Our owner, Robbie, was presented with a question that is more relevant today than ever: “Is the eyewear at Eclectic Eye ethically sourced and produced?” This led to a conversation amongst the team about our eyewear lines and their commitment to sustainability.
Now, what classifies as “ethically sourced?” Natural materials and mass production vs. micro-production are some key factors to think of when researching an eyewear line’s sustainability practices and carbon footprint. Below are a few lines we carry that contribute to a better environment for us all.
Jacques Marie Mage prides itself in their ecologically conscious business practices. They specialize in micro-production, meaning only “X” amount is made in a specific frame in a certain colorway. For example, the latest Jeff Goldblum frame “Jeff” in colorway Argyle is number 248/500, meaning only 500 frames were created, or will be created, in this color! Jacques Marie Mage is also a huge advocate for national parks and donates a portion of their proceeds to aid in conserving wildlife with the organizations Yellowstone Forever and Living with Wolves. Learn more here.
Lowercase handcrafts each frame that moves through their Brooklyn, New York workshop. With a team of less than 10, everyone works together in all aspects of the business. They also utilize small-batch production to “prioritize craftsmanship above all else.” This helps cut down on any waste. The acetate used is derived from cotton fibers, which are renewable and very beneficial for our Mother Earth!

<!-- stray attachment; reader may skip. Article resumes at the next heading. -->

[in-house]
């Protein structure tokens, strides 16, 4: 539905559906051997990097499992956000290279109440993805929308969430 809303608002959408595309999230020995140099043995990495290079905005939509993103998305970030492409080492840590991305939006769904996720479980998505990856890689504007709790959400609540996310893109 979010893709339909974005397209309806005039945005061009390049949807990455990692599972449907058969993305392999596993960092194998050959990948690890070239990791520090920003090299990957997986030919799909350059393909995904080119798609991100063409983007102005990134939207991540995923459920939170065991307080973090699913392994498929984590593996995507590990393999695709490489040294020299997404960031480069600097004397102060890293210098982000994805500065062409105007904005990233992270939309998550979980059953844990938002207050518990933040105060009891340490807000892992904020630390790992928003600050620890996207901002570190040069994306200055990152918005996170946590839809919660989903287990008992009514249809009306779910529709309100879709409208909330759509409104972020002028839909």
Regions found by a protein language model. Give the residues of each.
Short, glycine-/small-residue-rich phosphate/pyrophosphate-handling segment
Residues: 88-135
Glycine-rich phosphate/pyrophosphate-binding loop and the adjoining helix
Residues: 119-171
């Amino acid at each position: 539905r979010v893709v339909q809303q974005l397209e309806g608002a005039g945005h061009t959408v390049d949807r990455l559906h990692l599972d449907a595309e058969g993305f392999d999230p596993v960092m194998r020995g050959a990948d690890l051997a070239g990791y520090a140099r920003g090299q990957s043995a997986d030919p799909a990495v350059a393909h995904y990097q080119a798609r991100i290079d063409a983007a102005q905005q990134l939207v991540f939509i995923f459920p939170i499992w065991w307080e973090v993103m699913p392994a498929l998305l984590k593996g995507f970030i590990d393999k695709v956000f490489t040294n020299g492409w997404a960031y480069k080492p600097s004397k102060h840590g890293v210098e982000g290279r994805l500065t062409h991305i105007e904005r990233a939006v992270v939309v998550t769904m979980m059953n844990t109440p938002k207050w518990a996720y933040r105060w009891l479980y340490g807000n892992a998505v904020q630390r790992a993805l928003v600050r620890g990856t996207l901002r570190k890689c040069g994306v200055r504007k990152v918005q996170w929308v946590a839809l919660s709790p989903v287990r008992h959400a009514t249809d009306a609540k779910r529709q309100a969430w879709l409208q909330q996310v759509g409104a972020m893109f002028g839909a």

Ahlem, a beautifully minimalistic line handcrafted in France, believes in constructing their eyewear with superior materials that are built to last a lifetime. They, too, utilize small-batch production, capping their frames at 300 per run. This factor, plus the use of superior materials, decrease their manufacturing carbon footprint. France shares the same environmental consciousness as Ahlem, so the country provides great support for Ahlem and their efforts at conservation.
RetroSpecs has reduce, reuse, and recycle in their bones. The company began in 1992 after Jay Owens purchased an antique frame with cable temples and found that it held up wonderfully during a game of baseball. This initiated an expedition in search of other antique frames like it for him to restore for his friends, family, and eyeglass wearers everywhere! RetroSpecs also restores a customer’s existing frame to look brand new – something we have done for many patients at Eclectic Eye. Because the company is sourcing frames made 50+ years ago and giving them a new life, our planet breathes a sigh of relief since RetroSpecs is not taking up additional valuable resources.
Cuthbert & Chen, a division of RetroSpecs, utilizes naturally sourced water buffalo horn for the material in their frames. Cuthbert & Chen honors the animal by using their resources in a way that is respectful and not wasteful. By using the horn, no additional materials need to be created. The horn comes in beautiful color striations, and they differ with each frame. If you see a horn frame in a light color pattern, jump on it! These are rare, as the horn with a lighter color is more delicate.
Eclectic Eye prides itself on supporting independent eyewear companies, but also conducting business with a sound heart and mind. This includes ensuring the eyewear we provide is not only a good fit for you, but also a good fit for a sustainable future.